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Thread: Yaesu FL-2100 amplifier reduced power

  1. #1

    Default Yaesu FL-2100 amplifier reduced power

    First question is: Does it hurt an older tube amplifier if I run it at reduced power?

    Here's the deal. I loaned my 2kw watt meter to a friend. Long story short, it got broke. Got a new one on the way. Probably another week.

    I have other watt meters and equipment that have wattmeters built in. But these are all max of 300 watts. Obviously, I don't want to burn up my wattmeter, antenna tuner, etc...

    So, the question is, can I go through the normal tuneup process with my transceiver going to my amp, but when I get up around the 275-280 watt mark, stop adding power from the exciter? Will the amp be harmed if it's not running at full power?

    The thing is, I know I could tune the amp without a wattmeter. Simply adjust the plate for dip in current. But I'm not sure how to adjust the load without a wattmeter. Do I also adjust it for the lowest current possible? Even if this works, and the current looks good on the amp, I'm not comfortable running the amp if I don't know the RF Power out. So, I was thinking that if I used my 300 watt meter and tuned th amp to 300 watts and stopped, it would be OK. At least until I get the new wattmeter.

    What I don't want is to hear that 300 watts out isn't that much of an improvement over the normal 100 watts. That it's only a 3db gain. That there's no advantage. etc... I know all that. I simply want to know if there are any negative affects to the amp if during the tuning process I simply stop at 300 watts? Most people who want to run at lower power, usually TUNE for the max 100 watts and then they LOWER to exciter. The amp's manual simply say that input power is 100 watts PEP. Doesn't mention intentionally wanting less power. Thanks... mike...

  2. #2
    K7KBN's Avatar
    Join Date
    Jul 2008
    Bremerton WA USA


    As long as things like plate current and grid current are not exceeded, the amplifier should not be over stressed. I have to note that the FL-2100 series is only rated at 600 watts output (IIRC they were rated at 1KW DC INPUT). That was several years ago, before RF wattmeters were readily available for less than Bill Gates' net worth.)

    And I wouldn't put a whole lot of faith in the accuracy of ANY meter designed for the amateur market unless it has been recently calibrated or at least cross-checked against such a meter. I've seen cheaper meters off by as much as 25 per cent - and I've seen Bird 43s off by that much as well. Brand-new, out of the box, is generally safe and reasonably accurate.
    Pat K7KBN
    Semper ubi sub ubi.

  3. #3


    Thanks for the info Pat. Like I said, I don't have my decent wattmeter that can do 1kw; but I don't like tuning up an amp without a wattmeter. Sort of need to be able to tune plate/load for max RF and keeping current down. But the only wattmeters I have; until my replacement comes in; are 300 watt limits. So I wanted to run the transceiver/exciter at a lower level to not exceed 280-300 watts and potentially harm my meters, tuner, etc... Thanks for the information. Mike...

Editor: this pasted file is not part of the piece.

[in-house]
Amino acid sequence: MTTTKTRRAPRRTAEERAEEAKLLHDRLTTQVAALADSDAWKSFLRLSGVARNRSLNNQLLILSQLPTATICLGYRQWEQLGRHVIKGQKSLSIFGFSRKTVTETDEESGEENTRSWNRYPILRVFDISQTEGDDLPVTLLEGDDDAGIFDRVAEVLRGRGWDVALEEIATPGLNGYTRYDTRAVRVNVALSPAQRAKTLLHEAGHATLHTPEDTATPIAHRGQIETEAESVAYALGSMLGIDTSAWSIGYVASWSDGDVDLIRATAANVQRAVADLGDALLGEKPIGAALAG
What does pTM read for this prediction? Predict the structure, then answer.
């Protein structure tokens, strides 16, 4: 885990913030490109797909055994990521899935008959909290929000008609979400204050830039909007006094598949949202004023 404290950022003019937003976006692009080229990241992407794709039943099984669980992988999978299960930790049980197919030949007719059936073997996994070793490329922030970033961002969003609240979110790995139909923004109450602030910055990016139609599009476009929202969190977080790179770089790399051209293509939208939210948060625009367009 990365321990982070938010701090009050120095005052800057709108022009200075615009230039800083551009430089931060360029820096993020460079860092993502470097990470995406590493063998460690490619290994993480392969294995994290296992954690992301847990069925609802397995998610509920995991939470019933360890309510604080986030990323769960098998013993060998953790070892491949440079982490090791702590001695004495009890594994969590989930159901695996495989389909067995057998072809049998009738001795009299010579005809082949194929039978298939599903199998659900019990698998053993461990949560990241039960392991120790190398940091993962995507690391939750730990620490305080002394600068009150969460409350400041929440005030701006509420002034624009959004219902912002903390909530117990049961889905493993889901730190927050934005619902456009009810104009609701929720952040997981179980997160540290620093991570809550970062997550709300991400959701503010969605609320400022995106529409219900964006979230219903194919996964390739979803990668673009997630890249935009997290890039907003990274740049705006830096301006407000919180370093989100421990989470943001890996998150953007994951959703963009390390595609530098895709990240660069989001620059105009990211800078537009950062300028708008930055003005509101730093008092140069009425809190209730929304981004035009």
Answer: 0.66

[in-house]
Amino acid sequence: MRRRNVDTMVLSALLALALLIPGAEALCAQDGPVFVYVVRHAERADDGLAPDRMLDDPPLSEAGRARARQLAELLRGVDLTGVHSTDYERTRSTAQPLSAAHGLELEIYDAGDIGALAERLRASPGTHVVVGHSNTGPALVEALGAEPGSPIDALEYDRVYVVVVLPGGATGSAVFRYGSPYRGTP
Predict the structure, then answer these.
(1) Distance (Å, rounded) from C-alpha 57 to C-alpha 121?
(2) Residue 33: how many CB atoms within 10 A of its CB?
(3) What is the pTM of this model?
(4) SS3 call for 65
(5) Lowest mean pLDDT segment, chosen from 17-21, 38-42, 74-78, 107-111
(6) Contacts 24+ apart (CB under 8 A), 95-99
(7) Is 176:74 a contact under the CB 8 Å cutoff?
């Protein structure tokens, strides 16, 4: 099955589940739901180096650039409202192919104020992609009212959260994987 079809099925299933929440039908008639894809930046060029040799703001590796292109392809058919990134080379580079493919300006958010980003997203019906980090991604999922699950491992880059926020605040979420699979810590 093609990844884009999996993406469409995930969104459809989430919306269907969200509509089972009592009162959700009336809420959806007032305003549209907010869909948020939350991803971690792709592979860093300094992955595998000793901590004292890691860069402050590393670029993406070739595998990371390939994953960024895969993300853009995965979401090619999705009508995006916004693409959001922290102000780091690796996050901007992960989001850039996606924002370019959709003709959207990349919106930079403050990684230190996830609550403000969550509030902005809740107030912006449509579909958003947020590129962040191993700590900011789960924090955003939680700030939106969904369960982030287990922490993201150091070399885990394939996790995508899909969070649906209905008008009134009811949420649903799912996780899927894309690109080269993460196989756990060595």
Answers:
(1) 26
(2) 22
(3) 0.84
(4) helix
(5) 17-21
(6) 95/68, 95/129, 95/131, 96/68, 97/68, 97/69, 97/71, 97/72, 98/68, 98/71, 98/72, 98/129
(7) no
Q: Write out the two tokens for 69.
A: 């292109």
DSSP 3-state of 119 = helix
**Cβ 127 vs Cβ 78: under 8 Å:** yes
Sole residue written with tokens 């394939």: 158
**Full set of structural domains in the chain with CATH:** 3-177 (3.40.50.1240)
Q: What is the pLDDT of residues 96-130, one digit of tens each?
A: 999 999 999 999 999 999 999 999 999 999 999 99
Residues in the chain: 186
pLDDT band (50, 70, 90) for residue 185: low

4. #4


    Erm, you might need to revisit your calculation; 3dB above 100W would be 200W.


  5. #5


    Quote Originally Posted by G7RUX View Post
    Erm, you might need to revisit your calculation; 3dB above 100W would be 200W.

    You are 100% correct. But that wasn't my point. My point was I didn't want someone saying running the amp at only 300 watts is pretty much a waste of time, because a 300 watts won't make that much difference on the distant end vs 100 watts. And even less when you consider SSB doesn't peak the 100/300 watts on a regular basis.

    I wanted to stick with the issue of whether an amp that is intended to run 600+ watts output, would have any negative effects only putting out 300 watts. Sort of like how most cars are more efficient and drive better at highway speeds than driving at 25-30mph.

    Anyway; it looks like there shouldn't be an issue. This is only a temporary thing until I get my replacement wattmeter that can handle the higher wattage. Thanks... mike....

  6. #6

    Join Date
    Dec 2008
    Elgin, Illinois


    You haven't mentioned what type of a HF transceiver that you're using and whether you vary or reduce the RF output by 3 or 6 db which would reduce the RF output from the RF amplifier. I run a 6N2 KW driving it with only 10~15 W Output and 300 W Output from the amplifier. My Tempo 6N2 KW uses a pair of 8874s Ceramic Forced Air Cooled Tubes in Grounded Grid. My amplifier really requires at least 75 W RF Drive which I have a small buffer amplifier to accomplish this task to produce the 1200 to 1500 W P.E.P. RF Output on 6 or 2 m SSB.


  7. #7
    G4FUT's Avatar
    Join Date
    Jan 2012
    Barnard Castle; Teesdale Co. Durham


    If you are using SSB, then simply turning down the mike gain on the transceiver will NOT reduce its output power. However some modern transceivers now have a facility to turn down SSB output. What TX do you have?
    Jon G4FUT

    Even if the voices aren't real, they have some pretty good ideas

  8. #8


    Turning down RF power is not a problem. I am running both an FT-857D and an FT-897. (Same exact radios; mobile and base version). Anyway, I can lower the RF Power anywhere from 100% to 1%. I just wanted to know if I fed the FL-2100 with 30-50 watts to get 180-350 watts out of the amp; if that would be a problem on the amp. Thanks for the feedback. Mike....

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